|STATE OF COLORADO, County of Brighton and County of Adams, real party in interest; COLORADO ATTORNEY GENERAL,|
The district court dismissed Petitioner's application pursuant to Fed. R. Civ. P. 8 after reviewing the amended application because "[t]he burden [Petitioner] places upon the Court to identify, interpret, and respond to his specific claims is unreasonable." Order and Judgment of Dismissal at 3, No. 06-CV-00569-BNB (D. Colo. May 24, 2006).
We review the district court's dismissal without prejudice for an abuse of discretion. Tucker v. Belaski, 86 F.3d 1167 (table), 1996 WL 273891, at *1 (10th Cir. 1996). Federal Rule of Civil Procedure 8(a)(2) requires a short and plain statement of the claim showing that the petitioner is entitled to relief.(*) Conley v. Gibson, 355 U.S. 41, 47 (1957). Although the requirements at this stage are de minimus, see Swierkiewicz v. Sorema N.A., 534 U.S. 506, 514 (2002), and we must liberally construe Petitioner's pleadings because he is proceeding pro se, see Haines v. Kerner, 404 U.S. 519, 520-21 (1972), we should not act as Petitioner's advocate, see Hall v. Bellmon, 935 F.2d 1106, 1110 (10th Cir. 1991).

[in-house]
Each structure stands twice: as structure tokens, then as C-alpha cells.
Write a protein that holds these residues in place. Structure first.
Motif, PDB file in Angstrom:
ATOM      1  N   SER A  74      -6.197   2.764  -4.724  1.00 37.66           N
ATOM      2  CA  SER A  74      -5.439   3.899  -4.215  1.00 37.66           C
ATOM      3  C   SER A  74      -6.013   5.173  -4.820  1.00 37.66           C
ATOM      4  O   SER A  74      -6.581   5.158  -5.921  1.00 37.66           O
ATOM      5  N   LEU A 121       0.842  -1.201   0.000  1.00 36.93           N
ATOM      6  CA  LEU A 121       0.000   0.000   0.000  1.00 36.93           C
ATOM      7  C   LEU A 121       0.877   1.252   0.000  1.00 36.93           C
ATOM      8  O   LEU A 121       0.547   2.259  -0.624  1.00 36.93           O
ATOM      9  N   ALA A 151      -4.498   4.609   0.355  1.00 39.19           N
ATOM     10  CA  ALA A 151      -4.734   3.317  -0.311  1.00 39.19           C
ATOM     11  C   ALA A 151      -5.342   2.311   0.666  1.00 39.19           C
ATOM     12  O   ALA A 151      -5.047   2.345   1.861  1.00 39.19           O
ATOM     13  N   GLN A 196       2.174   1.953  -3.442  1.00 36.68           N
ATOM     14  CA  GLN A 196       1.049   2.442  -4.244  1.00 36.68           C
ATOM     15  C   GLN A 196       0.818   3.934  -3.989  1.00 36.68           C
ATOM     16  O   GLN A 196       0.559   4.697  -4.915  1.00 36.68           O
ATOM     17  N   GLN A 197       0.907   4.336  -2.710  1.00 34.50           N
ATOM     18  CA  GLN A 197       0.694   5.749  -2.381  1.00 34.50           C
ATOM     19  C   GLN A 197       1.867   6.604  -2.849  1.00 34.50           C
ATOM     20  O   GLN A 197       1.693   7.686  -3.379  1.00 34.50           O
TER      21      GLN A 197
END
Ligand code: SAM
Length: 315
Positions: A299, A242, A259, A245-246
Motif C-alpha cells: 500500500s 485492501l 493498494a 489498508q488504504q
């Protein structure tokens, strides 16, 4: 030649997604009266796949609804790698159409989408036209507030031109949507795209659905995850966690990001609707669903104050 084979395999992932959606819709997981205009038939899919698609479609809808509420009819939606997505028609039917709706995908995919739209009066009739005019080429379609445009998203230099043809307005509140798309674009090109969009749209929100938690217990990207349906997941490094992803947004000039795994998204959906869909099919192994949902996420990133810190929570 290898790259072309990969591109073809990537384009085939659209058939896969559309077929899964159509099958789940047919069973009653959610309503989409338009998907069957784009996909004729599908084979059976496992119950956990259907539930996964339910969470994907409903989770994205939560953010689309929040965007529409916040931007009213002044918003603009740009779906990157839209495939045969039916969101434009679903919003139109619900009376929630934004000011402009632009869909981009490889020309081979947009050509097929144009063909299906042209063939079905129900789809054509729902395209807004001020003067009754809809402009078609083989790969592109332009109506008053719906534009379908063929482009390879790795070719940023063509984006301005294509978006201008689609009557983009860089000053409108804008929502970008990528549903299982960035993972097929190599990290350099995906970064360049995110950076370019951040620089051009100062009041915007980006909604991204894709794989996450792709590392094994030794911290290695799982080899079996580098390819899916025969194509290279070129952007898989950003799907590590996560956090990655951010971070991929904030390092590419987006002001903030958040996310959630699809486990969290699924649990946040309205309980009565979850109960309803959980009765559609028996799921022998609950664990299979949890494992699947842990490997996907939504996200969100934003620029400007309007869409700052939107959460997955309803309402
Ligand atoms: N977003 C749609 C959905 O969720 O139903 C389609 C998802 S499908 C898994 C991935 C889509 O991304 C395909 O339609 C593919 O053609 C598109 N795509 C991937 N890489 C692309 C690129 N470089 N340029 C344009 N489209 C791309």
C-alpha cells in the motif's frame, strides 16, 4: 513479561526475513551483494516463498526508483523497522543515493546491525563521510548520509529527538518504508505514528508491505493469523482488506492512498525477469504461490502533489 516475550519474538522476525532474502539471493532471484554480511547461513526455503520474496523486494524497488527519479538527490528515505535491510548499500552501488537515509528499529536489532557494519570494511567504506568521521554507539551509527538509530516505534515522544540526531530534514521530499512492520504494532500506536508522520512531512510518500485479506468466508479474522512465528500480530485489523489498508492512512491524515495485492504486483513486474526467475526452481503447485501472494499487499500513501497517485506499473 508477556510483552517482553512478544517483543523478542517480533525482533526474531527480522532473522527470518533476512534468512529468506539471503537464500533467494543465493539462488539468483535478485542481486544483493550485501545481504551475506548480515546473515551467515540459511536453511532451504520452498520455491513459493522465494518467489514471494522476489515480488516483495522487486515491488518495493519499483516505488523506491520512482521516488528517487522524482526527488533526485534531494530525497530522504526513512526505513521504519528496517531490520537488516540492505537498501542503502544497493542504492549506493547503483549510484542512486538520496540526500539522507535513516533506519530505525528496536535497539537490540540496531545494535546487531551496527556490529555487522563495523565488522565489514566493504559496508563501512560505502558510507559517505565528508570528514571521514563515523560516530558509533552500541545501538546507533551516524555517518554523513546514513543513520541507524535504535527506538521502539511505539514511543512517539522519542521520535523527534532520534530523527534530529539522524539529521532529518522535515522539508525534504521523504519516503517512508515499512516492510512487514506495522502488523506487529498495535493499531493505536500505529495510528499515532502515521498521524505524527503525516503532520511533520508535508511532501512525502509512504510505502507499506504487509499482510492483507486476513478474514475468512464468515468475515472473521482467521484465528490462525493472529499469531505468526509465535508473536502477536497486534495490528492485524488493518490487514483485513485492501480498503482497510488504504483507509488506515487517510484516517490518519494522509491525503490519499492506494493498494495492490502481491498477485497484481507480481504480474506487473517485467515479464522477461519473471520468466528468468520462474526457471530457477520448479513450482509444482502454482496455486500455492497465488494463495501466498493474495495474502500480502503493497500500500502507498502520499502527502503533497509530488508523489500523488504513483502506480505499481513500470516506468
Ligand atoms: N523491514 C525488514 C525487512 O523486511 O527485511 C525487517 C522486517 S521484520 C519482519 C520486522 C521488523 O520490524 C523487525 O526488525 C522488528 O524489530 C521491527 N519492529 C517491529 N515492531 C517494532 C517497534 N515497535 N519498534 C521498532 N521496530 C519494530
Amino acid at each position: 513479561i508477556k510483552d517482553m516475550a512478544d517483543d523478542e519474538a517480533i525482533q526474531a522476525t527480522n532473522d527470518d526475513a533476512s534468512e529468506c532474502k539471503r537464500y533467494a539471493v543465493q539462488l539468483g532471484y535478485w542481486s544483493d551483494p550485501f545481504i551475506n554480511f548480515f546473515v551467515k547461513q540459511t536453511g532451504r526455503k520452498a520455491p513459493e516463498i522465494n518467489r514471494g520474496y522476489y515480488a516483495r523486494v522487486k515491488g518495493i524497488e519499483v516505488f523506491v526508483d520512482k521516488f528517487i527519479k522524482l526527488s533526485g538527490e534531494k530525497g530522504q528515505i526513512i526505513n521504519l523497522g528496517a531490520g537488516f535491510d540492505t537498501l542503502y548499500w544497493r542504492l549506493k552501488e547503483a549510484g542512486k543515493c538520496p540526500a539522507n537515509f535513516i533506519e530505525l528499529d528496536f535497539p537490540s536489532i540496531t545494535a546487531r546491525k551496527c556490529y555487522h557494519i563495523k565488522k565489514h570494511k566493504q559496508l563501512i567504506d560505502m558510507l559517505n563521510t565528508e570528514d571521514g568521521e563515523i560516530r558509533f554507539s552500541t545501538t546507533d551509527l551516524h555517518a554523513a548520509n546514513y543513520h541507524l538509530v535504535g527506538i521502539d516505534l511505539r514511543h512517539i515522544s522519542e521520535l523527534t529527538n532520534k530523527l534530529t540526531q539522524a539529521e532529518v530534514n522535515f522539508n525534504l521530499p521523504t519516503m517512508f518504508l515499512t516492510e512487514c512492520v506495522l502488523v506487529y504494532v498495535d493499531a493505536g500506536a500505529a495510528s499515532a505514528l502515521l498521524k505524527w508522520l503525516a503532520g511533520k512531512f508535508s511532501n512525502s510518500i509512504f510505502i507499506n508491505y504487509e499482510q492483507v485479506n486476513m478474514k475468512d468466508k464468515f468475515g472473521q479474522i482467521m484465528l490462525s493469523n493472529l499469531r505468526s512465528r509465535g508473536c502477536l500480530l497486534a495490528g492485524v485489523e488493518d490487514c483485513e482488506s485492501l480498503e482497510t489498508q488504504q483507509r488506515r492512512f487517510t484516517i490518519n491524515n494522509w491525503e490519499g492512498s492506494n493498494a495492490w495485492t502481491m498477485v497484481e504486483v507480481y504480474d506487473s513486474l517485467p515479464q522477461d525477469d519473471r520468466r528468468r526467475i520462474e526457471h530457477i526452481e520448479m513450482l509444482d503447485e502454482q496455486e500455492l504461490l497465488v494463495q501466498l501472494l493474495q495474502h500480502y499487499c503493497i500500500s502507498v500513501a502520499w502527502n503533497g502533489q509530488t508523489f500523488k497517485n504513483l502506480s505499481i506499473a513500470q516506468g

After reviewing Petitioner's original and amended applications for habeas relief, Petitioner's brief, and the record on appeal, we agree with the district court that Petitioner has failed adequately to explain the basis for his application or to address the concerns raised by the magistrate judge. For substantially the same reasons set forth by the magistrate judge and reiterated by the district court, we conclude dismissal of Petitioner's habeas application under Fed. R. Civ. P. 8 was not an abuse of discretion.
Petitioner's application for a certificate of appealability ("COA") was also referred to the panel for decision. In order for this court to grant a COA, Petitioner must make "a substantial showing of the denial of a constitutional right." 28 U.S.C. § 2253(c)(2). We agree with the district court that Petitioner has made no such showing, since Petitioner's claims of Fifth, Sixth, and Fourteenth Amendment violations are devoid of supporting allegations. In addition, Petitioner needs to attack such constitutional infirmities at the state court first, which the district court was not able to discern he had done.
Accordingly, we DENY the certificate of appealability, AFFIRM the dismissal without prejudice, but GRANT in forma pauperis status.
Entered for the Court
Monroe G. McKay
*. Rule 11 of the Rules Governing Section 2254 Cases provides that "[t]he Federal Rules of Civil Procedure, to the extent that they are not inconsistent with any statutory provisions or these rules, may be applied to a proceeding under these rules." See also Sloan v. Pugh, 351 F.3d 1319, 1322 (10th Cir. 2003); Fed. R. Civ. P. 81(a)(2). Although Rule 2 of the Rules Governing Section 2254 Cases does address to some extent what a habeas petitioner should include in his § 2254 petition, that Rule is not inconsistent with Fed. R. Civ. P. 8(a)'s requirement of "a short and plain statement" of the petitioner's claim.